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The OpenOffice Navigator

Live in interesting times

Four years ago, OpenOffice.org didn't exist. Today, it is probably not only the largest free software project in the world, but also the most important. On a personal level, it's also become a major feature of my life - which explains this column.

OpenOffice.org began when Sun Microsystems bought the StarOffice office suite from a German company called StarDivision in 1999. For a year or two, Sun didn't seem to know what to do with the project. Sometimes, it charged for it. Other times, it gave it away. Finally, at the O'Reilly Open Source Convention in July 2000, Sun announced its decision. Third-party software would be stripped from StarOffice, and the code would be released under the name of OpenOffice.org. StarOffice would continue as a proprietary snapshot of OpenOffice.org. On October 13, 2000, OpenOffice.org was born. Eighteen months later, it reached version 1.0. Since then, OpenOffice.org has been through five more releases, the latest being 1.1.

During this time, OpenOffice.org has attracted a community of over 13,000. Many are programmers working for Sun, but many are not. The official OpenOffice.org site has recorded over 25 million downloads, and a conservative estimate is that over 100 million copies are available worldwide. Add an unofficial 50 million StarOffice licenses, all based on OpenOffice.org, and the success of its code and community dwarfs even such giants as Apache, Mozilla, and Debian.

But size alone isn't what makes OpenOffice.org important. There are at least three other reasons why OpenOffice.org is important.

To start with, judging from the queries on the users list OpenOffice.org is many people's first exposure to free software - especially on Windows. As they ask questions and discover that the lack of a price tag doesn't mean a lack of quality or dependability, they learn something of the philsophical freedoms behind the software. Purists might argue that the lesson would be better if OpenOffice.org's dual license included the GPL rather than the LGPL, but it's a start all the same.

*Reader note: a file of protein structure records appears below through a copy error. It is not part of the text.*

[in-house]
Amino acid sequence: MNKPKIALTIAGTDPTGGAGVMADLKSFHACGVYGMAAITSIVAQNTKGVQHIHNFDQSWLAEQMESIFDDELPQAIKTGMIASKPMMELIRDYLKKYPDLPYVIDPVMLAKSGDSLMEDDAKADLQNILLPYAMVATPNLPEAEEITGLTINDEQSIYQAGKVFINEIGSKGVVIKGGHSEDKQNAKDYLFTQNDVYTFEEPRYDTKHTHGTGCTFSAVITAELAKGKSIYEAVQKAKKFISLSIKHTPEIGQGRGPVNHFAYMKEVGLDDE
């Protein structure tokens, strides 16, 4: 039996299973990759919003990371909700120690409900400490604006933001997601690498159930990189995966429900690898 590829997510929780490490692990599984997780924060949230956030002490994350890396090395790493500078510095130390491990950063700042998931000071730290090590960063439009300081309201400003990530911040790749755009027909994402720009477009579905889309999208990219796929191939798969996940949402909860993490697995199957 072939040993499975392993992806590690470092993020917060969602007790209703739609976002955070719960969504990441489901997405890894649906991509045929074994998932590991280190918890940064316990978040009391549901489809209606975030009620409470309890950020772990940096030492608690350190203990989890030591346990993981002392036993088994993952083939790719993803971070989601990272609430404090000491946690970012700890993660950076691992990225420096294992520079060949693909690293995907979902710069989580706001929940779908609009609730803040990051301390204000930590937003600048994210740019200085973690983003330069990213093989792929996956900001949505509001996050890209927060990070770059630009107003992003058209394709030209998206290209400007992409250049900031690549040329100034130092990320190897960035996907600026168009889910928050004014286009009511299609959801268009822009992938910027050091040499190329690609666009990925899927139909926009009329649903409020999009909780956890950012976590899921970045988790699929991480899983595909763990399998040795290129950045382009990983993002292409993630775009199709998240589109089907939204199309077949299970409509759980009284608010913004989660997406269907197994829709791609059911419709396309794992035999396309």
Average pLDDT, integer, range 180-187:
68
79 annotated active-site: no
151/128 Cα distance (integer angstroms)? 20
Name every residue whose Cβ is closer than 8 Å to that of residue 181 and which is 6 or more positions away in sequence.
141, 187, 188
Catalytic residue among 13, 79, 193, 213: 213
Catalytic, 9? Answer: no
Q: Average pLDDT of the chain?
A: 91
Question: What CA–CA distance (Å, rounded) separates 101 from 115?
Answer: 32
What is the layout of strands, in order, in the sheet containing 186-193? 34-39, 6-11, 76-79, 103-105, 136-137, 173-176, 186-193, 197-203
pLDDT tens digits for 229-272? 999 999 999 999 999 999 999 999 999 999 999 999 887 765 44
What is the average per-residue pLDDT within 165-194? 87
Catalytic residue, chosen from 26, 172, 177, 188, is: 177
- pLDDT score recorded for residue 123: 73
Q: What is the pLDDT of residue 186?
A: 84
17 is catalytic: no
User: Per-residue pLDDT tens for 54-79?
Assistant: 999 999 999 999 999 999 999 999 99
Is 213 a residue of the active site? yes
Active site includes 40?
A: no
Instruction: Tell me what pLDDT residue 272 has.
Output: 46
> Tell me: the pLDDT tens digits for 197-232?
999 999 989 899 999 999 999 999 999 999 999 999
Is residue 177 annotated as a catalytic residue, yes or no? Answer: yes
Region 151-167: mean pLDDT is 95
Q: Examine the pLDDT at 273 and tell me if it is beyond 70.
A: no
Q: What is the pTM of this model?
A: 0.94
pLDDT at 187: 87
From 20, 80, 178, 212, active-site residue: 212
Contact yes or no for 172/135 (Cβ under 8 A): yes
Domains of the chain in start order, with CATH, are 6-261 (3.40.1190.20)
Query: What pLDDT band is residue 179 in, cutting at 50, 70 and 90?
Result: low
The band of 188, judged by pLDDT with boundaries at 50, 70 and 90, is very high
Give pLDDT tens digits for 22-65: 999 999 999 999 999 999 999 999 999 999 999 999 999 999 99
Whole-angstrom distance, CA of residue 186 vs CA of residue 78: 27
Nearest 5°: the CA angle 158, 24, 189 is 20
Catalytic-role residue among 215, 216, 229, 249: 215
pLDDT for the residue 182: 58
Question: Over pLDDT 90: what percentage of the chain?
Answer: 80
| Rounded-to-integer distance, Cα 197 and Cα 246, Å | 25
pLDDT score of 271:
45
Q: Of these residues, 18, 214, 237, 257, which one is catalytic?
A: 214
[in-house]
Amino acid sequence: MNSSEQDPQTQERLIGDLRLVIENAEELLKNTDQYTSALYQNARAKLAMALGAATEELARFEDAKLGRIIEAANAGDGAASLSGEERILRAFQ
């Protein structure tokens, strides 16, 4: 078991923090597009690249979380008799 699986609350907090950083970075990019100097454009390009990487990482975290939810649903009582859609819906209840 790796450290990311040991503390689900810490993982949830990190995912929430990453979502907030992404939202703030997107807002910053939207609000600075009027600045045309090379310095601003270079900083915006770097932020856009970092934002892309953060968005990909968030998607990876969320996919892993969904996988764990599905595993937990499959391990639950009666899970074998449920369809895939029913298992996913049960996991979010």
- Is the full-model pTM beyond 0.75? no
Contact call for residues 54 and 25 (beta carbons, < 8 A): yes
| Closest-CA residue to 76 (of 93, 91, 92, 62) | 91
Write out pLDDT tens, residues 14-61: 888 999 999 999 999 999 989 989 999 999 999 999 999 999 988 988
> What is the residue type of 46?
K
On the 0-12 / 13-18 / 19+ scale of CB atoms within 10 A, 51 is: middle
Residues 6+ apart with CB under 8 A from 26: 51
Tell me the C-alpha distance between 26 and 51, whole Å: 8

Second, with OpenOffice.org one of the key pieces needed to put GNU/Linux on the desktop has fallen into place. Not that KOffice or AbiWord are not well- designed programs. In fact, thinking about what these projects have accomplished can leave me with deep feelings of inadequacy in the quiet parts of the night. Yet the fact remains that no other free software office suite is as fully featured as its commercial rivals. Even though most users are unaware of many features in their office suite, those features are still a major factor in deciding what to deploy. Now, together with browsers like Mozilla and Konqueror, GNU/Linux has the basic pieces in place for office productivity. Some minor or specialty pieces may be missing, but the basics are there at last.

Finally, more than any other desktop program that I can think of, OpenOffice.org is doing what free software is meant to do: setting people free. Across the world, federal and municipal governments are turning to OpenOffice.org, not just because of its free price, but because it allows access to information without going through a monopoly. In developing nations, it's allowing people to access computerized information without becoming pirates. OpenOffice.org is even breaking up the monopoly of English in computing by giving the speakers of languages such as Slovenian and Welsh their first chance to work in their own language. And with not just American or British English, but another eight or nine varieties of English available, even native English speakers are being liberated through OpenOffice.org.

I've been covering OpenOffice.org since its first announcement. In fact, I still run in the T-shirt handed out with the announcement. Since that time, I've gone from dismissing it (unfairly) as a Microsoft Office clone to being a daily user and converting all my personal files to its formats. Shortly after Christmas 2003, I took the final step and began writing a book on it. I'm also looking into the possibility of training others in it.